Can a hit YouTube channel thrive after its founder departs?
The King of Random had 8 million YouTube subscribers when Grant Thompson suddenly decided he didn't want to create videos anymore.
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About three years ago, Larry Shapiro got the kind of phone call a talent manager never wants to receive. It came from Grant Thompson, a YouTuber he’d been working with for about a year. “I live in Los Angeles,” Shapiro told me in a phone interview. “I’m out on the weekend, doing my errands, and I get a call from Grant, and Grant is a very spiritual person who places a lot of value in his faith. The first thing he said to me was, ‘I was spoken to last night, and I was told not to do this anymore.’” Thompson went on to explain that he no longer had any interest in creating YouTube videos and wanted to spend more time with his wife and kids.
By that point, Thompson’s YouTube channel, The King of Random, had 8 million subscribers. Each video averaged over a million views, and some of his most popular had generated tens of millions. Shapiro was in the process of turning the channel into a huge business, but now its only star was saying he wanted to walk away from it all.
Luckily for Shapiro, Thompson’s sudden epiphany wasn’t entirely unexpected. He had been complaining of burnout for months, and the two were in the process of hiring several people to help with the behind-the-scenes production.
One of those hires was Nate Bonham, a sculptor by training who was brought on to help Thompson build out the machines and scientific experiments that appeared in his videos. Shortly after speaking to Shapiro, Thompson then rang up Bonham to deliver the bad news. “He said, ‘hey, I’m really sorry, but I don’t want to do this anymore. I’m just planning to shut this whole channel down. Do you think you can get your old job back?’”
Bonham figured he probably could get his job back, but he didn’t want to give up on this one just yet. “So I suggested that if he didn’t want to be in videos anymore, I could try being in the videos,” he told me. This idea caught Thompson by surprise, and, after mulling it over for a few moments, he agreed to give it a try. Bonham was on vacation and had stepped away from his family to take the call. “When I came back to them I was like, ‘I have no idea what my life is going to be like when I get home.’”
Within days, Bonham started showing up in King of Random videos — sometimes by himself, other times alongside Thompson. “At first Grant’s day-to-day involvement was high, because I didn’t know how to do anything,” Bonham recalled. “But it was always his goal to get hands off where he could step away from the channel, so it was a fairly progressive move from showing me how to do everything, to backing off where he didn’t have to do anything for months at a time.”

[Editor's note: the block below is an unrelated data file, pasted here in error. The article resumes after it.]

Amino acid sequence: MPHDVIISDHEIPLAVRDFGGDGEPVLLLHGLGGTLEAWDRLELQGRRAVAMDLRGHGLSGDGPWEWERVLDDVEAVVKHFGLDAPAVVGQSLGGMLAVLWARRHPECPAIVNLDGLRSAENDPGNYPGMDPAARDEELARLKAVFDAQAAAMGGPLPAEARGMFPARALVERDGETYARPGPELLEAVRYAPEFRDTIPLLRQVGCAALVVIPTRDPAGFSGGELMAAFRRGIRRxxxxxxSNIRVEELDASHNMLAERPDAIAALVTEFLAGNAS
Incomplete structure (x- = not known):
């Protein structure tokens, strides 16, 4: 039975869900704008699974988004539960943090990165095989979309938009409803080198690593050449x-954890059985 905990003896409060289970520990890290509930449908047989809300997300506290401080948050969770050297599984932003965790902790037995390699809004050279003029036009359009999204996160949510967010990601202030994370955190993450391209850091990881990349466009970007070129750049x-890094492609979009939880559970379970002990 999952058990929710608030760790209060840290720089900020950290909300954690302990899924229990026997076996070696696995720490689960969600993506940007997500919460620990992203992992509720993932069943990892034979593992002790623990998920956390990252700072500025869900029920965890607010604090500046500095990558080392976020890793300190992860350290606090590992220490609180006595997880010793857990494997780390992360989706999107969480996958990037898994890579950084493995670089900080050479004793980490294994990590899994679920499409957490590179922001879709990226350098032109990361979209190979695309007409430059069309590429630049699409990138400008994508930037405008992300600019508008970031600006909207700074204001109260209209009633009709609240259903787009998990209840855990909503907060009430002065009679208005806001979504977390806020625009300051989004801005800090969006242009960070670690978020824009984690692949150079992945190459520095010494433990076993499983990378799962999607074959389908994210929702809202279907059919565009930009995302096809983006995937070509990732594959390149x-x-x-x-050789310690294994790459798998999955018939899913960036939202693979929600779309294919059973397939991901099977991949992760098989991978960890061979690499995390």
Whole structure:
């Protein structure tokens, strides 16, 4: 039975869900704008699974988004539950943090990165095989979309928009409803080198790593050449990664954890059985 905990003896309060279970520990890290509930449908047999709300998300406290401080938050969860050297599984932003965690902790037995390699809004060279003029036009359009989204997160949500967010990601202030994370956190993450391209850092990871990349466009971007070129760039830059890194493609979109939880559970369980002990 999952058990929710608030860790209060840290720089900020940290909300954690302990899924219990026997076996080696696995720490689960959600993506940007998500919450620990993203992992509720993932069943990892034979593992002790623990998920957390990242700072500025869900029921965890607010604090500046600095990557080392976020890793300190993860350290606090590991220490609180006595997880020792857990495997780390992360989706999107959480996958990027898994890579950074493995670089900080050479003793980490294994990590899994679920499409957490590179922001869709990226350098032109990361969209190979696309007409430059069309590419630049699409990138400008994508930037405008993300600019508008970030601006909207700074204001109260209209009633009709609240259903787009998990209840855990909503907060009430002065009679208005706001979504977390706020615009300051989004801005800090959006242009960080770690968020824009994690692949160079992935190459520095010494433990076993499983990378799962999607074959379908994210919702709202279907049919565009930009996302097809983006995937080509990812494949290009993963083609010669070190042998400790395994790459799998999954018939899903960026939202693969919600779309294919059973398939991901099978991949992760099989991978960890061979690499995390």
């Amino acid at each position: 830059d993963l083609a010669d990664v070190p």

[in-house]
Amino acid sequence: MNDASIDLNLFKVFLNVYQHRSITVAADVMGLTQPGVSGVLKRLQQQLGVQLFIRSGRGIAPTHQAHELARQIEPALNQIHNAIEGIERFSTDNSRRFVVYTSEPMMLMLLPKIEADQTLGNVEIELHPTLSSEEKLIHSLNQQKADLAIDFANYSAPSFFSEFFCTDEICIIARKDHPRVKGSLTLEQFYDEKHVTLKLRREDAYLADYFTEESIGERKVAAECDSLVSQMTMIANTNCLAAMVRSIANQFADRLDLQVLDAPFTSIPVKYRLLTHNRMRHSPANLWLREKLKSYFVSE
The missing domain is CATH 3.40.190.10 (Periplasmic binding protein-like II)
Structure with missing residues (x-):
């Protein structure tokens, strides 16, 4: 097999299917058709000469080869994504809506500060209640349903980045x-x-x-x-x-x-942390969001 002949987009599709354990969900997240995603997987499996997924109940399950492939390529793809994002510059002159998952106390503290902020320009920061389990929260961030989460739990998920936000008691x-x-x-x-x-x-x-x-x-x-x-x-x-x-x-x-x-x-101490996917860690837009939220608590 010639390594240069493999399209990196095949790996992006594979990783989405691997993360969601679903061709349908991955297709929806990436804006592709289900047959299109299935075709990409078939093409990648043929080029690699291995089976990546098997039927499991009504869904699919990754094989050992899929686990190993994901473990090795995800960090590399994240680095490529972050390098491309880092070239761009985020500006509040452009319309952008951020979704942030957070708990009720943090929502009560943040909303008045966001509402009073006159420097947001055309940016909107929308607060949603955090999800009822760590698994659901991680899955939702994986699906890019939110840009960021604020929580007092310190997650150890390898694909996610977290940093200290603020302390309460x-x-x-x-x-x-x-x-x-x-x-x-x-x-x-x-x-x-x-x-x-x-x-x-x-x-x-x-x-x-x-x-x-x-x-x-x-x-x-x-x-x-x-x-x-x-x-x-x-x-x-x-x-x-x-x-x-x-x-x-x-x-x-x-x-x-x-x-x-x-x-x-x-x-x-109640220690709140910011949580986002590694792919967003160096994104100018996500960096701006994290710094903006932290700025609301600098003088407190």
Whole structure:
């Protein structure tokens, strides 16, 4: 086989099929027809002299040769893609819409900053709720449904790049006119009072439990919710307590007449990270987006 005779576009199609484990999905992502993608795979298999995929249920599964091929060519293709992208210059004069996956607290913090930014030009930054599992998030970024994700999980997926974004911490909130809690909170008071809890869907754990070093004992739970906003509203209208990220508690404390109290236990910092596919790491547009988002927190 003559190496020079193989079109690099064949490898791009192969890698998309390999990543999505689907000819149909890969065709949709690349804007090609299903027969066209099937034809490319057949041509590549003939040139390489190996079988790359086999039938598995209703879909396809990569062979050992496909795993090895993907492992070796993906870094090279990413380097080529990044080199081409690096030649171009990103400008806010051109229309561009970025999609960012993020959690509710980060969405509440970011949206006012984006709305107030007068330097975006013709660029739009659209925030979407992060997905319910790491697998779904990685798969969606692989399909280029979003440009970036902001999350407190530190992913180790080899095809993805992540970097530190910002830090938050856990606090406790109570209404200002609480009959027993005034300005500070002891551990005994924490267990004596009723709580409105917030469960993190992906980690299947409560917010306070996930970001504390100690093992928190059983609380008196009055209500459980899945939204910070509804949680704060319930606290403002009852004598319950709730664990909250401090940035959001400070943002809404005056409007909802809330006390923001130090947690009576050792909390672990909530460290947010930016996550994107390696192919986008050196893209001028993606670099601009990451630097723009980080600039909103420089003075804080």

Thompson had built his entire channel on the back of his experiments, and this was his biggest experiment yet: could a YouTube channel with a massive following thrive after its founder departs?
It’s a question that’s becoming increasingly relevant as the creator economy matures. Many of today’s biggest social media stars built their huge audiences through round-the-clock publishing that required long workdays. While this pace is sustainable in your teens and early 20s, it’s not uncommon for it to eventually lead to burnout, especially for those who want to settle down and start a family. This has led to more and more creators attempting to pivot their businesses so they are less dependent on their personal brands; some even want to sell their channels and walk away entirely.
But will 8 million people who have watched a channel over a span of five years simply accept the introduction of a new host? In 2017, Bonham found himself thrown into the deep end, not knowing whether he’d sink or swim. Over the next three years, he had to find his creative voice, build a scalable team, and reckon with the tragic death of his mentor.
In a phone interview, both he and Shapiro walked me through how they handled the transition and built The King of Random into a multi-platform media company with several revenue streams.
Let’s dive into my findings:
The birth of a channel
In the earliest King of Random videos posted a decade ago, Thompson’s face rarely appears; a video titled “How to Make Slime (Ninja Turtle Ooze),” which currently has over 20 million views, features only his hands and voice narration as he walks the viewer through the various ingredients and modifications. Most of these videos are less than five minutes long and seek to illustrate some cool-yet-simple concept, like how to light a fire using a clear plastic bag of your own urine or instantly freeze a bottle of water.
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